Student Government unanimously passes four referendums pertaining to University coronavirus policy
Students to vote on referendums on Wednesday in special election
Editor's Note: This story has been updated to share a change in election modality.
The American University Student Government will hold a special election on Wednesday with four referendums about University coronavirus response.
The four referendums, which were passed on Sunday, pertain to mandatory testing, in-person classes, dining options and dining safety.
The student body will vote on the referendums during a special election, which will open on Wednesday at 9 a.m. and close on Thursday at 11:59 p.m. Students will receive an email to access the ballot via Google forms.
On Tuesday night, SG shared that the format of the election will be different than previous semesters, as ballots are typically conducted with the Center for Student Involvement.
“The election will be conducted through a google form restricted to American University emails only instead of campus labs which we typically use," said said Ryan Hale, the SG campus-at-large senator who introduced the referendum. "Additionally, the elections commission will not be conducting the referenda, instead it will be conducted by the Undergraduate Senate and the Speaker."
The mandatory testing referendum cited the petition by the Disabled Student Union that is asking the University to implement mandatory regular testing for students.
“I think the beautiful thing about a referendum like this is we can actually know [if students want mandatory testing] through a referendum rather than just guessing what students want,” Senator for the Class of 2023 Brian Kemer said during the meeting.
In the in-person classes referendum, the Senate asks students if they are comfortable with a return to campus with the same degree of safety precautions as the fall 2021 semester.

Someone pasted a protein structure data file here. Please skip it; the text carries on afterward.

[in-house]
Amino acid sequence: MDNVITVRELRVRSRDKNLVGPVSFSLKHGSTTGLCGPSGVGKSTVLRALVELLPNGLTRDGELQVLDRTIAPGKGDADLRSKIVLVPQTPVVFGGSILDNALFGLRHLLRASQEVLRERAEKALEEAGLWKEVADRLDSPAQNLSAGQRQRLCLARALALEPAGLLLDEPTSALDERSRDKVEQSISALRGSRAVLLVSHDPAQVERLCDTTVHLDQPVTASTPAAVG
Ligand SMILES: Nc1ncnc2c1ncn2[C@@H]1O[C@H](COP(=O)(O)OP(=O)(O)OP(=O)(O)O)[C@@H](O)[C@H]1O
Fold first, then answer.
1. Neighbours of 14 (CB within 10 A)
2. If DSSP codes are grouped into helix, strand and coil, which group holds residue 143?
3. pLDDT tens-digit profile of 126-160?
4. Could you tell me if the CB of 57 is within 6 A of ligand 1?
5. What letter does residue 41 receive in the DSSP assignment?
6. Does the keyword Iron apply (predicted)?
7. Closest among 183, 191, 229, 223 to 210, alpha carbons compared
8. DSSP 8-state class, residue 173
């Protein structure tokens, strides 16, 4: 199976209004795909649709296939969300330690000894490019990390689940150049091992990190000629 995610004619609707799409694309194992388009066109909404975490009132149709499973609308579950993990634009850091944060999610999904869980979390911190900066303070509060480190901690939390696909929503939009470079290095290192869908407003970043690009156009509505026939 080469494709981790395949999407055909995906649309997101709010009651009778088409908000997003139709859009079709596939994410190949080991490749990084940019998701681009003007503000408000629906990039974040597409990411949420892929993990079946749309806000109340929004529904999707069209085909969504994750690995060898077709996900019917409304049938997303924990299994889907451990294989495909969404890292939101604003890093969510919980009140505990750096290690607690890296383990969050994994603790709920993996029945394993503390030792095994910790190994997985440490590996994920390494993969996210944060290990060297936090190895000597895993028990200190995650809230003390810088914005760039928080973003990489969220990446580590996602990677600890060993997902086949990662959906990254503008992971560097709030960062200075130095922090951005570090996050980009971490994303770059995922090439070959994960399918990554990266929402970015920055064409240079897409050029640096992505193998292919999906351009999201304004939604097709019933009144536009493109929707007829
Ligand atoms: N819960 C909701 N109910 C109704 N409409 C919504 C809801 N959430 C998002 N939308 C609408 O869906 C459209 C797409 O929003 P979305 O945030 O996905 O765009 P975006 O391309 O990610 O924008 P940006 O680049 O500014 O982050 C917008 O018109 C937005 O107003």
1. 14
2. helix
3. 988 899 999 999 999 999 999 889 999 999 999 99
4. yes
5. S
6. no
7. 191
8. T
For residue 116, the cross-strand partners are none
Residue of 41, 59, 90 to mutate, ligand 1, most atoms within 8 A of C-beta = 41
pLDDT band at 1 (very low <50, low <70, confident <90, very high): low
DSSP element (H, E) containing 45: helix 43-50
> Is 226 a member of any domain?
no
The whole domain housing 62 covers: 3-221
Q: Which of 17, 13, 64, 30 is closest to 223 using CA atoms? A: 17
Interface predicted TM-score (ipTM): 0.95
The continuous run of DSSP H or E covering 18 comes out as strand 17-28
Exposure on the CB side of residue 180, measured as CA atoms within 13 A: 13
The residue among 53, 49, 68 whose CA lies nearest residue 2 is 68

“The pandemic has really impacted a lot of us and it is absolutely critical that we move forward in a safe and proper way,” Hale said.
The last two referendums, pertaining to dining, ask students if they feel the dining options and the coronavirus safety protocols for dining are sufficient.
“If people say that they are very dissatisfied with dining services, we can host an advocacy town hall where students can show up and tell us what the issues are,” Hale said.
If the student body votes in favor of the referendums, it does not guarantee the University will implement them. Some referendums, like one in 2019 pushing for alcohol to be served at sporting events, have not seen significant progress from the University.
Recently, the University has taken steps to honor the results of some referendums, such as divesting in fossil fuels and reinstating the Subway footlong to the meal plan.
Although referendums don’t ensure change, the Senate sees them as an effective means of getting the University to listen to the will of the student body.
“The administration is not as responsive when it comes to simply senators reaching out and telling them that this is a problem,” Class of 2022 Senator Andrew Gamble said. “Referendums are a great way to give students a voice.”